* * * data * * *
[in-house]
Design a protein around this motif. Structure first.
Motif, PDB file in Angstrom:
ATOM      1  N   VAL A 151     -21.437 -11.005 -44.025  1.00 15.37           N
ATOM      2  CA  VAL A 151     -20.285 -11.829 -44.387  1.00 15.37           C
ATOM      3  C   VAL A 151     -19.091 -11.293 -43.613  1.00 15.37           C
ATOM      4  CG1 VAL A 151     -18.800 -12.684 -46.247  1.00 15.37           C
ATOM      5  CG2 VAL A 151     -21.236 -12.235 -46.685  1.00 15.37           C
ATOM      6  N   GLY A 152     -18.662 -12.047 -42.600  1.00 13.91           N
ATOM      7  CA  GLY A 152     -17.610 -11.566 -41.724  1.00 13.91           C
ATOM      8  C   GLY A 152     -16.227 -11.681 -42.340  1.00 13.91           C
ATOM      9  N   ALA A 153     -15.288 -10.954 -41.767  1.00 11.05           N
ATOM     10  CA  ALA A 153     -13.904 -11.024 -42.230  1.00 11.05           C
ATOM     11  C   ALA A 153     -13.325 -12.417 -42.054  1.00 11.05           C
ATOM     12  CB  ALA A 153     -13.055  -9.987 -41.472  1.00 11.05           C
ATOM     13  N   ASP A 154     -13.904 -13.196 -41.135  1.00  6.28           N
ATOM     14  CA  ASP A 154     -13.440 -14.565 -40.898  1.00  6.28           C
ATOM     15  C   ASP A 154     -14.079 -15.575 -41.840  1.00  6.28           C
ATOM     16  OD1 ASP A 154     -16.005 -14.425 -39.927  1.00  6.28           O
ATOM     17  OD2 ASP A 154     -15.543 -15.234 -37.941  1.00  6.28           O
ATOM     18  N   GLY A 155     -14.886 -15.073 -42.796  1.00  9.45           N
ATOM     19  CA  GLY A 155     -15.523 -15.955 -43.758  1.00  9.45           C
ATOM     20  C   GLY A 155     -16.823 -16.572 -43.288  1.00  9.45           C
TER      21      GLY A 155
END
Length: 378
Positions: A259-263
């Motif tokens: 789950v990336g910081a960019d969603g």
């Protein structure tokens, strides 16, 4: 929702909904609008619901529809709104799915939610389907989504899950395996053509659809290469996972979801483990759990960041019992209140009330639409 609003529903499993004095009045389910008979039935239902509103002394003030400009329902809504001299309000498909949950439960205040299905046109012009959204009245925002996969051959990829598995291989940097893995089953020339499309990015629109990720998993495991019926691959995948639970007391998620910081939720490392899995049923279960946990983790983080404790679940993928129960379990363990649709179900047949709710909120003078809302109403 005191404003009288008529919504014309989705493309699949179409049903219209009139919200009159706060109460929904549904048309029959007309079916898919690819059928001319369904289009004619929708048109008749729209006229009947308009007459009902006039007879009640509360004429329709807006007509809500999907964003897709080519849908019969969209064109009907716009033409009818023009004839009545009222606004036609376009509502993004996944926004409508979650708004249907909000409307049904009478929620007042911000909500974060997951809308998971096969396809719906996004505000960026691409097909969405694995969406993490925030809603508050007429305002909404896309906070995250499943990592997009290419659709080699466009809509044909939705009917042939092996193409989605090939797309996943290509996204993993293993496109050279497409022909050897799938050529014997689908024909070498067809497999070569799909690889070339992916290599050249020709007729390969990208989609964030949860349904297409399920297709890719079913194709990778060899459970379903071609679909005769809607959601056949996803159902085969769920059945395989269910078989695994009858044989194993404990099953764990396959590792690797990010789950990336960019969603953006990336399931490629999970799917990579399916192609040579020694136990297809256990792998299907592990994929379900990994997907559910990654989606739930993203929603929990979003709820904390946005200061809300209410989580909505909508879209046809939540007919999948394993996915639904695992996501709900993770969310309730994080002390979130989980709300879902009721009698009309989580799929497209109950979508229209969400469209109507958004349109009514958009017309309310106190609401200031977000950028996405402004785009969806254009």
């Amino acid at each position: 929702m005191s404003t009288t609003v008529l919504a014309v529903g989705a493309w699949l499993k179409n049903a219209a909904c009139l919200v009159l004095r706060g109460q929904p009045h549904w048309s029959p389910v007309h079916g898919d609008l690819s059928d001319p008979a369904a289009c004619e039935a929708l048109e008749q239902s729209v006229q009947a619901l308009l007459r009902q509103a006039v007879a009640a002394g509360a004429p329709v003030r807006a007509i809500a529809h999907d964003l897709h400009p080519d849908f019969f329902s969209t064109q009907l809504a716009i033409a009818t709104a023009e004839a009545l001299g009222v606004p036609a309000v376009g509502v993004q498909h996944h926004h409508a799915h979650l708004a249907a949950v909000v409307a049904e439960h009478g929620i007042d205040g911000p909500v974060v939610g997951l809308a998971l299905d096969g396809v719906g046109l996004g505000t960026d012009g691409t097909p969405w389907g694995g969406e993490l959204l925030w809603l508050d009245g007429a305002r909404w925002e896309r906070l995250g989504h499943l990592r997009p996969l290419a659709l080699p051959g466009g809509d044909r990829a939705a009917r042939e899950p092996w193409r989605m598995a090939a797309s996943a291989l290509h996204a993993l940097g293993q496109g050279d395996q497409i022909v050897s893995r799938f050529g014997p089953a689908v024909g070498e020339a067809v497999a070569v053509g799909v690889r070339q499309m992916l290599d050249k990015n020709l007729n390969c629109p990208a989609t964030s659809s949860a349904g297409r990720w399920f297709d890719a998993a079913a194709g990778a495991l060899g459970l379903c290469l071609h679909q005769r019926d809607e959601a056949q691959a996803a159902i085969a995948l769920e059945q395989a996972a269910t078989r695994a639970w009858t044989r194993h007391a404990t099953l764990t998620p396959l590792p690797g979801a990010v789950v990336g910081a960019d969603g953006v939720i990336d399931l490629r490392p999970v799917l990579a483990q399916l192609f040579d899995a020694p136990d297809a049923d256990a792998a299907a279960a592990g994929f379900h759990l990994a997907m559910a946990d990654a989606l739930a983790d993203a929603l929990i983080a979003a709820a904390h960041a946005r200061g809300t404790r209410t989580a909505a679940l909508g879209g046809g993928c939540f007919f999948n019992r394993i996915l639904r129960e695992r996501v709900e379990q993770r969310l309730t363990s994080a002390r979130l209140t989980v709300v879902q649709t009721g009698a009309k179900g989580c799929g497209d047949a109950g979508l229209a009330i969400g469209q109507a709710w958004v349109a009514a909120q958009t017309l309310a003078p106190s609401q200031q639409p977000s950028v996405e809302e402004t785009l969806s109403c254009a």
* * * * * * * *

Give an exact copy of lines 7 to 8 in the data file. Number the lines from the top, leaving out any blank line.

ATOM      4  CG1 VAL A 151     -18.800 -12.684 -46.247  1.00 15.37           C
ATOM      5  CG2 VAL A 151     -21.236 -12.235 -46.685  1.00 15.37           C